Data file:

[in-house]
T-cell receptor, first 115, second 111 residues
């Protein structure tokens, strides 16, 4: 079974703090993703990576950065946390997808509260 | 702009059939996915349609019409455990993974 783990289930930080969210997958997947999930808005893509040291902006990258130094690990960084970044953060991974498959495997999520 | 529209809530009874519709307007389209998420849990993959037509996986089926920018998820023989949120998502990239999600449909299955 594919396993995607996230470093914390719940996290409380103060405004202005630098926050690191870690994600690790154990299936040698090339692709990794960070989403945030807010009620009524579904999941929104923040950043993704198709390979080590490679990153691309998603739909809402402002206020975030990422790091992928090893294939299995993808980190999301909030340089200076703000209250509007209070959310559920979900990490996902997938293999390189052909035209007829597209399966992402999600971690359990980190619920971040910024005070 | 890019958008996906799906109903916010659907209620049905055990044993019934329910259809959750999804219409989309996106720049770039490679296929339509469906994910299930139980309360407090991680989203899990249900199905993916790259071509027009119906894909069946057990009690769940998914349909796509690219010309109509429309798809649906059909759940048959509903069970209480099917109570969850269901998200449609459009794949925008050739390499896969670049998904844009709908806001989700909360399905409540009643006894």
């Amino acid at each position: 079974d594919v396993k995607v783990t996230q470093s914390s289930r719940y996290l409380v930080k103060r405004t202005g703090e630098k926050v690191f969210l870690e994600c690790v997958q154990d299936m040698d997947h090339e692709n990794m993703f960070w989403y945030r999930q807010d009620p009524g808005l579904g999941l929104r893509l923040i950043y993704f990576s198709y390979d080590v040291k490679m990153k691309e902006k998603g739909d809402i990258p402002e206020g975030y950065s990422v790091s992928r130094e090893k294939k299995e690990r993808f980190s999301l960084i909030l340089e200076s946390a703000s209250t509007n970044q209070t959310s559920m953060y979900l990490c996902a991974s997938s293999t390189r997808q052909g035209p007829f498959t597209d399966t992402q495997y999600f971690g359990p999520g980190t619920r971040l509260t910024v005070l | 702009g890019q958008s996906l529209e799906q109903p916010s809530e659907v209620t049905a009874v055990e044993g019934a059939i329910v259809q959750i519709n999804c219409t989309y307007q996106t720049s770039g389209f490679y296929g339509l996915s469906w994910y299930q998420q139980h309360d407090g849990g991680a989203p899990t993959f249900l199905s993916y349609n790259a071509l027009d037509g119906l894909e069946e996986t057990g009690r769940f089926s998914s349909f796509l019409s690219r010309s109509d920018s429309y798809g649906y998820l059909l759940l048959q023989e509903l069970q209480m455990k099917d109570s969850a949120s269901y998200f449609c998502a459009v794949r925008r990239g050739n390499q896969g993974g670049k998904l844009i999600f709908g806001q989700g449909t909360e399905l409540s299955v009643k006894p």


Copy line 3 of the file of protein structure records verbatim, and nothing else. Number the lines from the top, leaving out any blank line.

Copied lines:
């Protein structure tokens, strides 16, 4: 079974703090993703990576950065946390997808509260 | 702009059939996915349609019409455990993974 783990289930930080969210997958997947999930808005893509040291902006990258130094690990960084970044953060991974498959495997999520 | 529209809530009874519709307007389209998420849990993959037509996986089926920018998820023989949120998502990239999600449909299955 594919396993995607996230470093914390719940996290409380103060405004202005630098926050690191870690994600690790154990299936040698090339692709990794960070989403945030807010009620009524579904999941929104923040950043993704198709390979080590490679990153691309998603739909809402402002206020975030990422790091992928090893294939299995993808980190999301909030340089200076703000209250509007209070959310559920979900990490996902997938293999390189052909035209007829597209399966992402999600971690359990980190619920971040910024005070 | 890019958008996906799906109903916010659907209620049905055990044993019934329910259809959750999804219409989309996106720049770039490679296929339509469906994910299930139980309360407090991680989203899990249900199905993916790259071509027009119906894909069946057990009690769940998914349909796509690219010309109509429309798809649906059909759940048959509903069970209480099917109570969850269901998200449609459009794949925008050739390499896969670049998904844009709908806001989700909360399905409540009643006894």